Development of hydrodynamically engineered cartilage in response to insulin-like growth factor-1 and transforming growth factor-beta1: formation and role of a type I collagen-based fibrous capsule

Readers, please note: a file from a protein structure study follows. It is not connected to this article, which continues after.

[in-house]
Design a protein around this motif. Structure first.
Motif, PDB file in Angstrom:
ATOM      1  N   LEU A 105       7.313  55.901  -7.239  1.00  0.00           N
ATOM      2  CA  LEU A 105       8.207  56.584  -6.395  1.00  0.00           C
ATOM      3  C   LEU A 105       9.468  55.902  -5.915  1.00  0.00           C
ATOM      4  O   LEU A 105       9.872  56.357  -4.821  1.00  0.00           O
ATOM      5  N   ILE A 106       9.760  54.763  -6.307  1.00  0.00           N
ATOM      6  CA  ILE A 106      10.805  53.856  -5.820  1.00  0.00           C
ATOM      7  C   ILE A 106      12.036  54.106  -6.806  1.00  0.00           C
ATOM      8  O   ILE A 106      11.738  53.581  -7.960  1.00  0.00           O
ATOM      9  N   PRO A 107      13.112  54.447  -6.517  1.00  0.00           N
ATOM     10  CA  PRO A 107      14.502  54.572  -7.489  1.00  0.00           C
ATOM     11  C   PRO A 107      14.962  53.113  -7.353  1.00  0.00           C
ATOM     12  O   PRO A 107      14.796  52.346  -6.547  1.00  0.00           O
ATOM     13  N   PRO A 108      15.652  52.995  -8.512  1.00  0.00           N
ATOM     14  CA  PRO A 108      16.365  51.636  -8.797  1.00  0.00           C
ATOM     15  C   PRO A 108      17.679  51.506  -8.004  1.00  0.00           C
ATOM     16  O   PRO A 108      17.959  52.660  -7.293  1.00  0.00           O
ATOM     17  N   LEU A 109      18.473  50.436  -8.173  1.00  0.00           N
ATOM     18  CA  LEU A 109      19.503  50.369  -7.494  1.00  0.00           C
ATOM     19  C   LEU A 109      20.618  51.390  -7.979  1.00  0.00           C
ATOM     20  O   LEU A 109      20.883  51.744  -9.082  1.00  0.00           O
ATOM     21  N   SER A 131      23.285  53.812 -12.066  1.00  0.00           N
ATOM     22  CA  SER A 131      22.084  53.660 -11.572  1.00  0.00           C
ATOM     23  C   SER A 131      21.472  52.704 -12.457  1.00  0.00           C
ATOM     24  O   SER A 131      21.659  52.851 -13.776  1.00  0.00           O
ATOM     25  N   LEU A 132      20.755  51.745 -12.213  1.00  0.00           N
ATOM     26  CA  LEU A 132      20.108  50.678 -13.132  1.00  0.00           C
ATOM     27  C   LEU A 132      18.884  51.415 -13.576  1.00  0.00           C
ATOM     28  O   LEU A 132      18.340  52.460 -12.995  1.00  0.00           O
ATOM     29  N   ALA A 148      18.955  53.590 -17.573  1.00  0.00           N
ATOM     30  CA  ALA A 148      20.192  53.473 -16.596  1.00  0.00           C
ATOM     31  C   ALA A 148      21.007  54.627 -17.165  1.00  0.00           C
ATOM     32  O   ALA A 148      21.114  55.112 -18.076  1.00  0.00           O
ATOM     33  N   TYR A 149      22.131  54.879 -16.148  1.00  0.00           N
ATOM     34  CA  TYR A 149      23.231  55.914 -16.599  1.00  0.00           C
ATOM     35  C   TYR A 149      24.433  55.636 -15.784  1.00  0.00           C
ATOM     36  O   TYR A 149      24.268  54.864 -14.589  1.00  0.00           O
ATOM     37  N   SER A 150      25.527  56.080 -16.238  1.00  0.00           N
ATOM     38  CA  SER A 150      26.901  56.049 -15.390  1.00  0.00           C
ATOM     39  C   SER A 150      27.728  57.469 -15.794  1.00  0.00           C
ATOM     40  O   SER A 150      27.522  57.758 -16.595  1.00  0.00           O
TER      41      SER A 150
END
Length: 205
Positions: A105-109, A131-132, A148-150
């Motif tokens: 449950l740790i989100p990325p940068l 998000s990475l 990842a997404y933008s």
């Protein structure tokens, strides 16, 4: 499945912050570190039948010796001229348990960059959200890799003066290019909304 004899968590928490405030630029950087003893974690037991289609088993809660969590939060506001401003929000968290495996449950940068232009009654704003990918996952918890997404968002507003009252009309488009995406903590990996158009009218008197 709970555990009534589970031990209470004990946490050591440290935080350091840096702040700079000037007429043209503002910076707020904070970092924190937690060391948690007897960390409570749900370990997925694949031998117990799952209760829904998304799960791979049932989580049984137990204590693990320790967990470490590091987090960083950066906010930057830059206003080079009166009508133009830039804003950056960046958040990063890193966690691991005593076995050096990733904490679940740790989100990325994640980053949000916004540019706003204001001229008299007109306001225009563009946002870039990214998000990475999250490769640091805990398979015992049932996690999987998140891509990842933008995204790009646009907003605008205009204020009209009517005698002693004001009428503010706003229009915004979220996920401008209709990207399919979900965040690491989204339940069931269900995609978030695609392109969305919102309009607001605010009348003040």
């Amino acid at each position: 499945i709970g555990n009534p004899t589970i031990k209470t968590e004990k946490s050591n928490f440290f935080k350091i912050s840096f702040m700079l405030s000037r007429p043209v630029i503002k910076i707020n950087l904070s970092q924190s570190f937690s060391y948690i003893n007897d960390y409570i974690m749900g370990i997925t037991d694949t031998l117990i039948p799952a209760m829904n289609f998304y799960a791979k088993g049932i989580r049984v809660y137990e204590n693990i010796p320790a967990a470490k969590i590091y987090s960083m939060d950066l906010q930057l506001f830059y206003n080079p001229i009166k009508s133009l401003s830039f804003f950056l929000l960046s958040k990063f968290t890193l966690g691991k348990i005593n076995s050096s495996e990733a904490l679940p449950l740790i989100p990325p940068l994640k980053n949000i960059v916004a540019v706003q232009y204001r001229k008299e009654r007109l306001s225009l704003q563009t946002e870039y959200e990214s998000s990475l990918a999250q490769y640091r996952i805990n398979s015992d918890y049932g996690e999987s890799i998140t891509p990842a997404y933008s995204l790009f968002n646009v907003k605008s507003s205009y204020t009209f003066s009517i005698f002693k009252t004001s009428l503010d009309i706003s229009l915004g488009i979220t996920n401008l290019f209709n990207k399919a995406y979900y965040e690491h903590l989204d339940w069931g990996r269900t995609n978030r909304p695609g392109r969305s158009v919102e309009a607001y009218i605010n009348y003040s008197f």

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Articular cartilage which covers the surfaces of synovial joints is designed to allow smooth contact between long bones and to absorb shock induced during joint movement. Tissue engineering, a means of combining cells, biomaterials, bioreactors and bioactive agents to produce functional tissue replacements suitable for implantation, represents a potential long-term strategy for cartilage repair. The interplay between environmental factors, however, gives rise to complex culture conditions that influence the development of tissue-engineered constructs. A fibrous capsule that is composed of abundant type I collagen molecules and resembles fibrocartilage usually forms at the outer edge of neocartilage, yet the understanding of its modulation by environmental cues is still limited. Therefore, this dissertation was aimed to characterize the capsule formation, development and function through manipulation of biochemical parameters present in a hydrodynamic environment while a chemically reliable media preparation protocol for hydrodynamic cultivation of tissue-engineered cartilage was established. To this end, a novel wavy-wall bioreactor (WWB) that imparts turbulent flow-induced shear stress was employed as the model system and polyglycolic acid scaffolds seeded with bovine primary chondrocytes were cultivated under varied biochemical conditions. The results demonstrated that tissue morphology, biochemical composition and mechanical strength of hydrodynamically engineered cartilage were maintained as the serum content decreased by 80% (from 10% to 2%). Transient exposure of the low-serum constructs to exogenous insulin-like growth factor-1 (IGF-1) or transforming growth factor-β1 (TGF-β1) further accelerated their development in comparison with continuous treatment with the same bioactive molecules. The process of the capsule formation was found to be activated and modulated by the concentration of serum which contains soluble factors that are able to induce fibrotic processes and the capsule development was further promoted by fluid shear stress. Moreover, the capsule formation in hydrodynamic cultures was identified as a potential biphasic process in response to concentrations of fibrosis-promoting molecules such as TGF-β. Comparison between the capsule-containing and the capsule-free constructs, both of which had comparable tissue properties and were produced by utilizing the WWB system in combination with IGF-1 and TGF-β1, respectively, showed that the presence of the fibrous capsule at the construct periphery effectively improved the ability of engineered cartilage to integrate with native cartilage tissues, but evidently compromised its tissue homogeneity. Characterization of the fibrous capsule and elucidation of the conditions under which it is formed provide important insights for the development of tissue engineering strategies to fabricate clinically relevant cartilage tissue replacements that possess optimized tissue homogeneity and properties while retaining a minimal capsule thickness required to enhance tissue integration.